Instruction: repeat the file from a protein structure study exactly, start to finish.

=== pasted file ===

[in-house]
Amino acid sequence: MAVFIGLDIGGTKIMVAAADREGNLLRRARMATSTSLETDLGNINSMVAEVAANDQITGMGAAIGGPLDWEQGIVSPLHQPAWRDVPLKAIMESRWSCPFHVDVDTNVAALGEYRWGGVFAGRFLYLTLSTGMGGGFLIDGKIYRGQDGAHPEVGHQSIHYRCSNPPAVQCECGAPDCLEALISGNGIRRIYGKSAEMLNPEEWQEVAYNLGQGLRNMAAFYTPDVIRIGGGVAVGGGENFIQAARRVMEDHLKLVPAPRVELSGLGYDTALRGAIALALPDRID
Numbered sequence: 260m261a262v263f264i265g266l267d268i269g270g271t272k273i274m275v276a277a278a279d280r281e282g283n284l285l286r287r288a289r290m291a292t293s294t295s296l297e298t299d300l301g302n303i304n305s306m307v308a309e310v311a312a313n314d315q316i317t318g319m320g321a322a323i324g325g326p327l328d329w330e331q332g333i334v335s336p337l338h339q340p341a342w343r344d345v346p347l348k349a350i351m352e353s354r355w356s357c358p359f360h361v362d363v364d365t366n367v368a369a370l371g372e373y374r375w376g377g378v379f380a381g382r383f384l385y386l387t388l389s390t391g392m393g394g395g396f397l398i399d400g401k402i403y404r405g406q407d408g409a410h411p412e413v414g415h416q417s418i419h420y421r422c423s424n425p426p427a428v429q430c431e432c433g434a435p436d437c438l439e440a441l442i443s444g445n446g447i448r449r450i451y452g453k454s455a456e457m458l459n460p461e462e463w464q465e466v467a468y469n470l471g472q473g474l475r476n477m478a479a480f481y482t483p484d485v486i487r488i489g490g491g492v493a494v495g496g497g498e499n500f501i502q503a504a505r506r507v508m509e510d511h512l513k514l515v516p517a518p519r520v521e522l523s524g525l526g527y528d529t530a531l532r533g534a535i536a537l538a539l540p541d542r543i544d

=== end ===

[in-house]
Amino acid sequence: MAVFIGLDIGGTKIMVAAADREGNLLRRARMATSTSLETDLGNINSMVAEVAANDQITGMGAAIGGPLDWEQGIVSPLHQPAWRDVPLKAIMESRWSCPFHVDVDTNVAALGEYRWGGVFAGRFLYLTLSTGMGGGFLIDGKIYRGQDGAHPEVGHQSIHYRCSNPPAVQCECGAPDCLEALISGNGIRRIYGKSAEMLNPEEWQEVAYNLGQGLRNMAAFYTPDVIRIGGGVAVGGGENFIQAARRVMEDHLKLVPAPRVELSGLGYDTALRGAIALALPDRID
Numbered sequence: 260m261a262v263f264i265g266l267d268i269g270g271t272k273i274m275v276a277a278a279d280r281e282g283n284l285l286r287r288a289r290m291a292t293s294t295s296l297e298t299d300l301g302n303i304n305s306m307v308a309e310v311a312a313n314d315q316i317t318g319m320g321a322a323i324g325g326p327l328d329w330e331q332g333i334v335s336p337l338h339q340p341a342w343r344d345v346p347l348k349a350i351m352e353s354r355w356s357c358p359f360h361v362d363v364d365t366n367v368a369a370l371g372e373y374r375w376g377g378v379f380a381g382r383f384l385y386l387t388l389s390t391g392m393g394g395g396f397l398i399d400g401k402i403y404r405g406q407d408g409a410h411p412e413v414g415h416q417s418i419h420y421r422c423s424n425p426p427a428v429q430c431e432c433g434a435p436d437c438l439e440a441l442i443s444g445n446g447i448r449r450i451y452g453k454s455a456e457m458l459n460p461e462e463w464q465e466v467a468y469n470l471g472q473g474l475r476n477m478a479a480f481y482t483p484d485v486i487r488i489g490g491g492v493a494v495g496g497g498e499n500f501i502q503a504a505r506r507v508m509e510d511h512l513k514l515v516p517a518p519r520v521e522l523s524g525l526g527y528d529t530a531l532r533g534a535i536a537l538a539l540p541d542r543i544d